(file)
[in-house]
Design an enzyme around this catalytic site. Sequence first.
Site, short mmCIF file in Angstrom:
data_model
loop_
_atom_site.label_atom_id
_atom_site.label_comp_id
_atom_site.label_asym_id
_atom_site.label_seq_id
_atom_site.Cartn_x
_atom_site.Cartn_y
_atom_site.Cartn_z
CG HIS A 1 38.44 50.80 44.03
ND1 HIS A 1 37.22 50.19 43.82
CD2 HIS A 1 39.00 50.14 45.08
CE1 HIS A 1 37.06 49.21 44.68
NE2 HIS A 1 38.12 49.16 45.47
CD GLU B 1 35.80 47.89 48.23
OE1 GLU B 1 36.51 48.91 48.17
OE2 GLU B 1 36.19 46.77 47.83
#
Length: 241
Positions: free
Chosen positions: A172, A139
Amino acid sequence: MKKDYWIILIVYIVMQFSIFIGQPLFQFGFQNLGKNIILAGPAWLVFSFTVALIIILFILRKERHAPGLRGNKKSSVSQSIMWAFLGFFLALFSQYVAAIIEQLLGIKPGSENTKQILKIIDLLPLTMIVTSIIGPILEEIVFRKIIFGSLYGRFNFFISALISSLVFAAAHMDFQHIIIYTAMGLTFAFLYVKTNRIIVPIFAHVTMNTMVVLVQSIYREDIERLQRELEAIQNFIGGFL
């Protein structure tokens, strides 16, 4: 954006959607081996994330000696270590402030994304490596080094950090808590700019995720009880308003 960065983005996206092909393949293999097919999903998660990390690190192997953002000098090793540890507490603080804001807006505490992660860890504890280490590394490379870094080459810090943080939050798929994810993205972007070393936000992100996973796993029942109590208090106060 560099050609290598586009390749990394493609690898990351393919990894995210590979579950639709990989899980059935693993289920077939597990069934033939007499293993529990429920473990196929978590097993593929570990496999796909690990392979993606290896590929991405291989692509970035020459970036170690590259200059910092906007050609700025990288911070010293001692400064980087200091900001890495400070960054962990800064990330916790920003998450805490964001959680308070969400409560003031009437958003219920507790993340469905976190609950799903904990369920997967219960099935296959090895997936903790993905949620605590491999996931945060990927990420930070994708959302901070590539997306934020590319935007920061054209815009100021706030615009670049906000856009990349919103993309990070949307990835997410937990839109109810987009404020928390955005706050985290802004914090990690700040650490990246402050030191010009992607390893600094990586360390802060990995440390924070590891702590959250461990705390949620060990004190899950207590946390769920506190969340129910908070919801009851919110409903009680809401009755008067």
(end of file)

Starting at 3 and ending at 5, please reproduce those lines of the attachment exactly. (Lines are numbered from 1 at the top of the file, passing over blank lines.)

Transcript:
Site, short mmCIF file in Angstrom:
data_model
loop_